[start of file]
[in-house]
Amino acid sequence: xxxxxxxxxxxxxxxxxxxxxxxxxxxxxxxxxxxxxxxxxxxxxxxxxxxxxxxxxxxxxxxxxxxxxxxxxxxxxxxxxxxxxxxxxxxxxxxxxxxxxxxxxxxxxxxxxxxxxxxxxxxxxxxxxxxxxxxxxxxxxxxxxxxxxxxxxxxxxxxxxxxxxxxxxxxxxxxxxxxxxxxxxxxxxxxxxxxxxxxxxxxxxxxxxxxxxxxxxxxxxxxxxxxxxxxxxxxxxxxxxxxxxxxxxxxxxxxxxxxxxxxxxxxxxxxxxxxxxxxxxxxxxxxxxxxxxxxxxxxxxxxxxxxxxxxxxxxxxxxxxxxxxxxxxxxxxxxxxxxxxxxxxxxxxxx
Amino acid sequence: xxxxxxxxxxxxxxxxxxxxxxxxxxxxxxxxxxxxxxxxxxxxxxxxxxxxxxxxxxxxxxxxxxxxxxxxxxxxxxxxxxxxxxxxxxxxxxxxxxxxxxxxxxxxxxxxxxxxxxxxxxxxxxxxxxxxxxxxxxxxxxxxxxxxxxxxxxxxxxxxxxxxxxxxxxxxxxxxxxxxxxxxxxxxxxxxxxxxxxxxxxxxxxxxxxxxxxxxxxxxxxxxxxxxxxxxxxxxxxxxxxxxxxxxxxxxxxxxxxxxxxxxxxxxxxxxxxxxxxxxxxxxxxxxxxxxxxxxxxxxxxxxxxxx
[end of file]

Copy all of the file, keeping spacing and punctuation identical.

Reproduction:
[in-house]
Amino acid sequence: xxxxxxxxxxxxxxxxxxxxxxxxxxxxxxxxxxxxxxxxxxxxxxxxxxxxxxxxxxxxxxxxxxxxxxxxxxxxxxxxxxxxxxxxxxxxxxxxxxxxxxxxxxxxxxxxxxxxxxxxxxxxxxxxxxxxxxxxxxxxxxxxxxxxxxxxxxxxxxxxxxxxxxxxxxxxxxxxxxxxxxxxxxxxxxxxxxxxxxxxxxxxxxxxxxxxxxxxxxxxxxxxxxxxxxxxxxxxxxxxxxxxxxxxxxxxxxxxxxxxxxxxxxxxxxxxxxxxxxxxxxxxxxxxxxxxxxxxxxxxxxxxxxxxxxxxxxxxxxxxxxxxxxxxxxxxxxxxxxxxxxxxxxxxxxx
Amino acid sequence: xxxxxxxxxxxxxxxxxxxxxxxxxxxxxxxxxxxxxxxxxxxxxxxxxxxxxxxxxxxxxxxxxxxxxxxxxxxxxxxxxxxxxxxxxxxxxxxxxxxxxxxxxxxxxxxxxxxxxxxxxxxxxxxxxxxxxxxxxxxxxxxxxxxxxxxxxxxxxxxxxxxxxxxxxxxxxxxxxxxxxxxxxxxxxxxxxxxxxxxxxxxxxxxxxxxxxxxxxxxxxxxxxxxxxxxxxxxxxxxxxxxxxxxxxxxxxxxxxxxxxxxxxxxxxxxxxxxxxxxxxxxxxxxxxxxxxxxxxxxxxxxxxxxx